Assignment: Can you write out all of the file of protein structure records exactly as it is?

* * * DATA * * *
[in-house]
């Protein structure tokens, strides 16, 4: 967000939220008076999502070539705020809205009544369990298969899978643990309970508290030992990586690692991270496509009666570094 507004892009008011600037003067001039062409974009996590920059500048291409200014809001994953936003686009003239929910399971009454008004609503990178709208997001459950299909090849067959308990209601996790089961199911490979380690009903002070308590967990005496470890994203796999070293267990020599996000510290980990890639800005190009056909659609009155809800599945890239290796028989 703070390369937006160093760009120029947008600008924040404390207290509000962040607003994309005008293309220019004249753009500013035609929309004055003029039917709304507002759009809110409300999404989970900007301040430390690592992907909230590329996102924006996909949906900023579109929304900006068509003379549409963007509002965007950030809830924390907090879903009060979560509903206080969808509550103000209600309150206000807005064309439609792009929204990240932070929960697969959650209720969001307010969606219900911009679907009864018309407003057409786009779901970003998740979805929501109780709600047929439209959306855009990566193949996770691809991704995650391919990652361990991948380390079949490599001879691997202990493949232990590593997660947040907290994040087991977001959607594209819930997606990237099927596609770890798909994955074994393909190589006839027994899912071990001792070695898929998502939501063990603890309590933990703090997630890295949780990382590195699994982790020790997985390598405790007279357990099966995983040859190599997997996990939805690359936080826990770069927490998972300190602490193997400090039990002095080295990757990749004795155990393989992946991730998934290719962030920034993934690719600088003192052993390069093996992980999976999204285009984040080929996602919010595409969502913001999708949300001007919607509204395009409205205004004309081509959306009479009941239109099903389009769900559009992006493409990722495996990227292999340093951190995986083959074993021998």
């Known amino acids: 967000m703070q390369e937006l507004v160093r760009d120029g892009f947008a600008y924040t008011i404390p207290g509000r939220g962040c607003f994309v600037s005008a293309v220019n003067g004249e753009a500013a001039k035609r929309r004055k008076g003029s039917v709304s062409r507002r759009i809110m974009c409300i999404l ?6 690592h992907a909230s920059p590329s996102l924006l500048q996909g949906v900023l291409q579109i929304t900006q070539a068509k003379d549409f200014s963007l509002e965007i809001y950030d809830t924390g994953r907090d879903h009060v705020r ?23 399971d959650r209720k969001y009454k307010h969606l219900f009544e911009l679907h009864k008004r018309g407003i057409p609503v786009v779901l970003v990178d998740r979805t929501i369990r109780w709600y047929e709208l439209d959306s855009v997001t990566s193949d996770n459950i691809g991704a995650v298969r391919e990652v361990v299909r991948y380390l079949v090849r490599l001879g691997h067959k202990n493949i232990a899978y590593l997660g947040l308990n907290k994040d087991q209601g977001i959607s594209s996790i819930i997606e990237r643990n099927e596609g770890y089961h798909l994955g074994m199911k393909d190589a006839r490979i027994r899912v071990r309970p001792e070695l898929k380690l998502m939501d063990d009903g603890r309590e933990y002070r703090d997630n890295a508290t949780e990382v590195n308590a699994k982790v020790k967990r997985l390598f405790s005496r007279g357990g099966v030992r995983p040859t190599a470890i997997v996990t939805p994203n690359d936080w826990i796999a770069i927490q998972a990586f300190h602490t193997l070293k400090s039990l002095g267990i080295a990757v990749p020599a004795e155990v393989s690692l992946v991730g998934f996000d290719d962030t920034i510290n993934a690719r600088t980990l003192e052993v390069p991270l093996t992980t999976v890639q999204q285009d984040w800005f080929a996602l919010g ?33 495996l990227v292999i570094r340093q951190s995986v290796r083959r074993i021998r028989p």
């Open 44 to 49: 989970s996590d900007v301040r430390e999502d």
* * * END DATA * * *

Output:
[in-house]
């Protein structure tokens, strides 16, 4: 967000939220008076999502070539705020809205009544369990298969899978643990309970508290030992990586690692991270496509009666570094 507004892009008011600037003067001039062409974009996590920059500048291409200014809001994953936003686009003239929910399971009454008004609503990178709208997001459950299909090849067959308990209601996790089961199911490979380690009903002070308590967990005496470890994203796999070293267990020599996000510290980990890639800005190009056909659609009155809800599945890239290796028989 703070390369937006160093760009120029947008600008924040404390207290509000962040607003994309005008293309220019004249753009500013035609929309004055003029039917709304507002759009809110409300999404989970900007301040430390690592992907909230590329996102924006996909949906900023579109929304900006068509003379549409963007509002965007950030809830924390907090879903009060979560509903206080969808509550103000209600309150206000807005064309439609792009929204990240932070929960697969959650209720969001307010969606219900911009679907009864018309407003057409786009779901970003998740979805929501109780709600047929439209959306855009990566193949996770691809991704995650391919990652361990991948380390079949490599001879691997202990493949232990590593997660947040907290994040087991977001959607594209819930997606990237099927596609770890798909994955074994393909190589006839027994899912071990001792070695898929998502939501063990603890309590933990703090997630890295949780990382590195699994982790020790997985390598405790007279357990099966995983040859190599997997996990939805690359936080826990770069927490998972300190602490193997400090039990002095080295990757990749004795155990393989992946991730998934290719962030920034993934690719600088003192052993390069093996992980999976999204285009984040080929996602919010595409969502913001999708949300001007919607509204395009409205205004004309081509959306009479009941239109099903389009769900559009992006493409990722495996990227292999340093951190995986083959074993021998």
């Known amino acids: 967000m703070q390369e937006l507004v160093r760009d120029g892009f947008a600008y924040t008011i404390p207290g509000r939220g962040c607003f994309v600037s005008a293309v220019n003067g004249e753009a500013a001039k035609r929309r004055k008076g003029s039917v709304s062409r507002r759009i809110m974009c409300i999404l ?6 690592h992907a909230s920059p590329s996102l924006l500048q996909g949906v900023l291409q579109i929304t900006q070539a068509k003379d549409f200014s963007l509002e965007i809001y950030d809830t924390g994953r907090d879903h009060v705020r ?23 399971d959650r209720k969001y009454k307010h969606l219900f009544e911009l679907h009864k008004r018309g407003i057409p609503v786009v779901l970003v990178d998740r979805t929501i369990r109780w709600y047929e709208l439209d959306s855009v997001t990566s193949d996770n459950i691809g991704a995650v298969r391919e990652v361990v299909r991948y380390l079949v090849r490599l001879g691997h067959k202990n493949i232990a899978y590593l997660g947040l308990n907290k994040d087991q209601g977001i959607s594209s996790i819930i997606e990237r643990n099927e596609g770890y089961h798909l994955g074994m199911k393909d190589a006839r490979i027994r899912v071990r309970p001792e070695l898929k380690l998502m939501d063990d009903g603890r309590e933990y002070r703090d997630n890295a508290t949780e990382v590195n308590a699994k982790v020790k967990r997985l390598f405790s005496r007279g357990g099966v030992r995983p040859t190599a470890i997997v996990t939805p994203n690359d936080w826990i796999a770069i927490q998972a990586f300190h602490t193997l070293k400090s039990l002095g267990i080295a990757v990749p020599a004795e155990v393989s690692l992946v991730g998934f996000d290719d962030t920034i510290n993934a690719r600088t980990l003192e052993v390069p991270l093996t992980t999976v890639q999204q285009d984040w800005f080929a996602l919010g ?33 495996l990227v292999i570094r340093q951190s995986v290796r083959r074993i021998r028989p």
């Open 44 to 49: 989970s996590d900007v301040r430390e999502d």